Before Tom Brady uncorked his jumping, twirling, hurricane of celebration three years ago, the Patriots’ quarterback was a picture of dejection on the sideline.
Brady had completed 37 passes and thrown four touchdowns against Seattle during Super Bowl XLIX back in Phoenix on Feb. 1, 2015. He had brought New England back from a 10-point deficit in the fourth quarter against Seattle’s vaunted defense, giving the Patriots a 28-24 lead in the closing minutes. But as Brady returned to the bench and watched the Seahawks march on their final drive into a game-winning position at the 1-yard line, it appeared the reality of a third heartbreaking loss in as many consecutive trips to the Super Bowl was beginning to set in for New England’s quarterback.
Everyone, of course, knows what happened next. Instead of handing the ball to cannonball-disguised-as-running back Marshawn Lynch near the goal line, the Seahawks put the ball in the hands of quarterback Russell Wilson, whose would-be touchdown pass was intercepted by Malcolm Butler on the goal line. The play secured Brady’s fourth Super Bowl title, and he added his fifth a year ago with another fourth-quarter comeback, this time against the Falcons.
The swing of emotion that night in the desert represented an underrated truth about the Patriots’ Super Bowl appearances, one overshadowed by their stunning consistency. In the unprecedented run of success spearheaded by Brady and coach Bill Belichick, New England has done more than collect a wheelbarrow full of Lombardi Trophies. They have infused a drama that had largely been missing from the biggest spectacle in American sports.
Of the 13 Super Bowls in NFL history decided by four points or less, the Patriots have played in six. The average margin of victory across 51 of the NFL’s championship games entering Super Bowl XLII in Minneapolis on Sunday is 14.1 points. The average margin of victory in the seven Super Bowl games the Patriots have played in behind Brady and Belichick: 3.3 points.
For much of the NFL’s Super Bowl history, the long build-up to the big game — and the grand spectacle surrounding it — often failed to match up with the on-field product. Just ask the Broncos, who have been on the wrong end of three of the five biggest blowouts in Super Bowl history. Before the Patriots reached Super Bowl XXXVI in 2002, the smallest average margin of defeat across any decade of Super Bowl competition was 11 points in the 1970s. That margin peaked at an average of 22 points in the 1980s. Even in the 1990s, as parity in the league began to increase, the margin was 14 points per game.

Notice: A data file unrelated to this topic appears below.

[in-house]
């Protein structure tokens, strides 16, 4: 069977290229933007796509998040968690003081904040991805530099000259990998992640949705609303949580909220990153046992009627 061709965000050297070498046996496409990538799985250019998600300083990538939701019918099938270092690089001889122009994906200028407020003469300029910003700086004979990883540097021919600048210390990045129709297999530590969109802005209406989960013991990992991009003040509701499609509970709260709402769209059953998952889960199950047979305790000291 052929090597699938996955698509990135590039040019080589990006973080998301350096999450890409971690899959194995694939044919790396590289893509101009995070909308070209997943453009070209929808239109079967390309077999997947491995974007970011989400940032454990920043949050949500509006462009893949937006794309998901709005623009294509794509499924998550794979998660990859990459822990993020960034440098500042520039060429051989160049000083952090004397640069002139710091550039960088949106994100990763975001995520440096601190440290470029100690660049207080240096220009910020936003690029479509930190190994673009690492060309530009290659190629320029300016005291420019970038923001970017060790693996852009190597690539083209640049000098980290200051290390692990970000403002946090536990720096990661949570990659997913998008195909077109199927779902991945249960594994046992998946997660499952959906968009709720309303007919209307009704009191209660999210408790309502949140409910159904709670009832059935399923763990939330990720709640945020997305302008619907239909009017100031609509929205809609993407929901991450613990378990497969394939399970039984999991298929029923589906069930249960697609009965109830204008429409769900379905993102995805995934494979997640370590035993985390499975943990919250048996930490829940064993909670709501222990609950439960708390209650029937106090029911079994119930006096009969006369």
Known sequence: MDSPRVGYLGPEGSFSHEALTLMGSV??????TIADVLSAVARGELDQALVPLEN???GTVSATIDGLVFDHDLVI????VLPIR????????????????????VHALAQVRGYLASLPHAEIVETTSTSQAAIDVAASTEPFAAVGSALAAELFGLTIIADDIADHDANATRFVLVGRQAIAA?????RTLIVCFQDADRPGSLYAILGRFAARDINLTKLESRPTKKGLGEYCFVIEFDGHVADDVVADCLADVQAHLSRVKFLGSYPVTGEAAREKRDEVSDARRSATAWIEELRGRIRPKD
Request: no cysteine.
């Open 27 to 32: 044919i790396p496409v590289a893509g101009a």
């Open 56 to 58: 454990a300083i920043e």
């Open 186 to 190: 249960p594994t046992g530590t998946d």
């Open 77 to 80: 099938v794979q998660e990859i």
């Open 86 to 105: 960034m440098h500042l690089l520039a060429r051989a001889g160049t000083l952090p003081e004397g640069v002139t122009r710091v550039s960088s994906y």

The commercials became more entertaining than the game.
But with his first game-winning drive in the fourth quarter against the Rams in Super Bowl XXXVI, Brady and the Patriots began to write a new chapter in Super Bowl history, one defined by edge-of-your seat excitement. And the drama came in all fashions. In victories over the St. Louis Rams (2002) and Carolina Panthers (2004), New England blew sizable fourth-quarter leads, only to have Brady lead the Patriots into position for Adam Vinatieri to kick game-winning field goals. In 2005, it was an interception by Rodney Harrison that thwarted a would-be game-winning drive by the Eagles.
Even when New England produced one of the greatest seasons in NFL history, authoring an undefeated regular season in 2007 and marching into a Super Bowl matchup with the heavy-underdog New York Giants on Feb. 3, 2008, the title game brought suspense. Brady was thwarted by the late-game heroics of Eli Manning in a 17-14 Giants victory, and New York’s quarterback would repeat the feat four years later when he guided the Giants to another narrow upset of the Patriots in Super Bowl XLVI.
The drama only ramped up in the Patriots’ latest Super Bowl runs. Two years after Butler’s game-saving play against the Seahawks, the Patriots were staring at the prospect of being blown out in Super Bowl XLI against the Falcons. But trailing 28-3 and down by 19 points in the fourth quarter a year ago, Brady turned on the magic. New England, aided by curious Atlanta play-calling, overcame the massive deficit and won the game 34-28 in overtime, representing the largest margin of victory in any of their title-game trips.
One thing is clear as the Patriots prepare to face the Eagles on Sunday. You’ll want to save some refreshments for the fourth quarter.